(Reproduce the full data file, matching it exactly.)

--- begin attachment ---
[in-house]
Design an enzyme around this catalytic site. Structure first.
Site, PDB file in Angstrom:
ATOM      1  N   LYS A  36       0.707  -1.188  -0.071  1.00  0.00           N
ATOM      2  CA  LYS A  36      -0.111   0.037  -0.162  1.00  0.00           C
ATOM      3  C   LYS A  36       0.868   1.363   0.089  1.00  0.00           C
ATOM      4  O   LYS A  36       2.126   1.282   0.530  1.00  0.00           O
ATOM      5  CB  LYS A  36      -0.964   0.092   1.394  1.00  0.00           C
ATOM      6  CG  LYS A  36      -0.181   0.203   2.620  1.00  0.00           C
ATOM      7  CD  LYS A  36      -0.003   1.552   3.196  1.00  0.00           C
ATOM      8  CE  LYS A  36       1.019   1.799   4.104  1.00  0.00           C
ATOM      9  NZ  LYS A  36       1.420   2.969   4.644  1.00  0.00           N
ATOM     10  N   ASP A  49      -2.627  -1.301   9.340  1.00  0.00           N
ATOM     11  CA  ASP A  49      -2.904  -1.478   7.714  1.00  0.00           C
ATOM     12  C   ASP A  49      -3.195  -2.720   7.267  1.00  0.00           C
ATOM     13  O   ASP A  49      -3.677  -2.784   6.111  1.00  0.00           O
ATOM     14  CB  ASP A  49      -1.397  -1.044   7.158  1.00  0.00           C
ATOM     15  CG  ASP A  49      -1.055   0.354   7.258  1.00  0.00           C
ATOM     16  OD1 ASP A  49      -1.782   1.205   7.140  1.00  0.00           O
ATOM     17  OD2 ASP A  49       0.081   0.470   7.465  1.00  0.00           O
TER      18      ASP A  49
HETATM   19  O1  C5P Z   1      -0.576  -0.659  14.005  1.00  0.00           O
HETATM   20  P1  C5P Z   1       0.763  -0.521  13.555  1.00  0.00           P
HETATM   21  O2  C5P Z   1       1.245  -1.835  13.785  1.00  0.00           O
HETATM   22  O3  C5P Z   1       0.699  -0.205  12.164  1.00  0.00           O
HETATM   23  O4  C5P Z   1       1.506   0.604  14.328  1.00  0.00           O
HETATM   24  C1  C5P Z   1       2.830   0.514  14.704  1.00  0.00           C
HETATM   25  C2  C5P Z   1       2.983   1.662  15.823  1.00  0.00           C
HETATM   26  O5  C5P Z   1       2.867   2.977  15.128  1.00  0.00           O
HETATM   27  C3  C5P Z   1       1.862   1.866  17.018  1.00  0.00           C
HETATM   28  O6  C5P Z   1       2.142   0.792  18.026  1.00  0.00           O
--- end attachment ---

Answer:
[in-house]
Design an enzyme around this catalytic site. Structure first.
Site, PDB file in Angstrom:
ATOM      1  N   LYS A  36       0.707  -1.188  -0.071  1.00  0.00           N
ATOM      2  CA  LYS A  36      -0.111   0.037  -0.162  1.00  0.00           C
ATOM      3  C   LYS A  36       0.868   1.363   0.089  1.00  0.00           C
ATOM      4  O   LYS A  36       2.126   1.282   0.530  1.00  0.00           O
ATOM      5  CB  LYS A  36      -0.964   0.092   1.394  1.00  0.00           C
ATOM      6  CG  LYS A  36      -0.181   0.203   2.620  1.00  0.00           C
ATOM      7  CD  LYS A  36      -0.003   1.552   3.196  1.00  0.00           C
ATOM      8  CE  LYS A  36       1.019   1.799   4.104  1.00  0.00           C
ATOM      9  NZ  LYS A  36       1.420   2.969   4.644  1.00  0.00           N
ATOM     10  N   ASP A  49      -2.627  -1.301   9.340  1.00  0.00           N
ATOM     11  CA  ASP A  49      -2.904  -1.478   7.714  1.00  0.00           C
ATOM     12  C   ASP A  49      -3.195  -2.720   7.267  1.00  0.00           C
ATOM     13  O   ASP A  49      -3.677  -2.784   6.111  1.00  0.00           O
ATOM     14  CB  ASP A  49      -1.397  -1.044   7.158  1.00  0.00           C
ATOM     15  CG  ASP A  49      -1.055   0.354   7.258  1.00  0.00           C
ATOM     16  OD1 ASP A  49      -1.782   1.205   7.140  1.00  0.00           O
ATOM     17  OD2 ASP A  49       0.081   0.470   7.465  1.00  0.00           O
TER      18      ASP A  49
HETATM   19  O1  C5P Z   1      -0.576  -0.659  14.005  1.00  0.00           O
HETATM   20  P1  C5P Z   1       0.763  -0.521  13.555  1.00  0.00           P
HETATM   21  O2  C5P Z   1       1.245  -1.835  13.785  1.00  0.00           O
HETATM   22  O3  C5P Z   1       0.699  -0.205  12.164  1.00  0.00           O
HETATM   23  O4  C5P Z   1       1.506   0.604  14.328  1.00  0.00           O
HETATM   24  C1  C5P Z   1       2.830   0.514  14.704  1.00  0.00           C
HETATM   25  C2  C5P Z   1       2.983   1.662  15.823  1.00  0.00           C
HETATM   26  O5  C5P Z   1       2.867   2.977  15.128  1.00  0.00           O
HETATM   27  C3  C5P Z   1       1.862   1.866  17.018  1.00  0.00           C
HETATM   28  O6  C5P Z   1       2.142   0.792  18.026  1.00  0.00           O